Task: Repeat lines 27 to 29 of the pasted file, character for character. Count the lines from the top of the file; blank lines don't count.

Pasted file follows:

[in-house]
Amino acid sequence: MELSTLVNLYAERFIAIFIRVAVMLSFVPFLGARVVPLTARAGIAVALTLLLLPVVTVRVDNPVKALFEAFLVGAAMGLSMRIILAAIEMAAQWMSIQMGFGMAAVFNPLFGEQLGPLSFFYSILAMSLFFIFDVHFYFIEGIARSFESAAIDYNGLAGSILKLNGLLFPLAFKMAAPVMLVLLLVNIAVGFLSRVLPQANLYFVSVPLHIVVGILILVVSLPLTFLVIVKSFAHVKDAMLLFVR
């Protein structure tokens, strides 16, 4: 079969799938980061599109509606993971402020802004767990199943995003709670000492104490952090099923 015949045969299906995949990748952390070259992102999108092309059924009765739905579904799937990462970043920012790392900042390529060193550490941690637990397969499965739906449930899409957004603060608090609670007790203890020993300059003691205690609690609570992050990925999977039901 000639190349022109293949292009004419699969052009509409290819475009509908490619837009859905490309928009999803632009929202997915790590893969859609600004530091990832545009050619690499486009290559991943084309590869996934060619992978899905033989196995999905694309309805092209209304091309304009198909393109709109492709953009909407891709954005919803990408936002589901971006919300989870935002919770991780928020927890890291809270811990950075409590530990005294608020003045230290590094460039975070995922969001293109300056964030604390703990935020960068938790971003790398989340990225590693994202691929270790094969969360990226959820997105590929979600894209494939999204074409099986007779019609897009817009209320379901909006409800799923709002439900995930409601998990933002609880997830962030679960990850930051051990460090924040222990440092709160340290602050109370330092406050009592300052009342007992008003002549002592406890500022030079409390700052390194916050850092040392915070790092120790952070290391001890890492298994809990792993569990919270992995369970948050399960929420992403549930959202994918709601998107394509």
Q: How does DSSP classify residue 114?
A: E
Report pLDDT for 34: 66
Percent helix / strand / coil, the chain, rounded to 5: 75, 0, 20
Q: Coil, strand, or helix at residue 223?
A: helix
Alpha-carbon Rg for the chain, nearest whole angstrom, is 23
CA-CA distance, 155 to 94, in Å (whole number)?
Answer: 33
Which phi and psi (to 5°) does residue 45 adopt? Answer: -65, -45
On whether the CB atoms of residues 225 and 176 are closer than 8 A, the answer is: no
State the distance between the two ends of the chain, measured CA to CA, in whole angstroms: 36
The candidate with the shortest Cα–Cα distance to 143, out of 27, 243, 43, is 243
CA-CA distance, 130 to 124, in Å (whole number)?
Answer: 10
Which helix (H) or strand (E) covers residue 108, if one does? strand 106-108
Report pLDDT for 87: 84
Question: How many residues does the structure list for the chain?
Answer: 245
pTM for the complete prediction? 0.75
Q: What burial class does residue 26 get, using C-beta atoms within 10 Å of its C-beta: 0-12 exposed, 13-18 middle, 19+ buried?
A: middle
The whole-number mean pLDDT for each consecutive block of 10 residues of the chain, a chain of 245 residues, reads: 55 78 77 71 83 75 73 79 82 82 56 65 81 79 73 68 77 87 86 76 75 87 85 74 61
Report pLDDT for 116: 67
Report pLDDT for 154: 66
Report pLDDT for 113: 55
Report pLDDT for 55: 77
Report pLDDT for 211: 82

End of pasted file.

Report pLDDT for 116: 67
Report pLDDT for 154: 66
Report pLDDT for 113: 55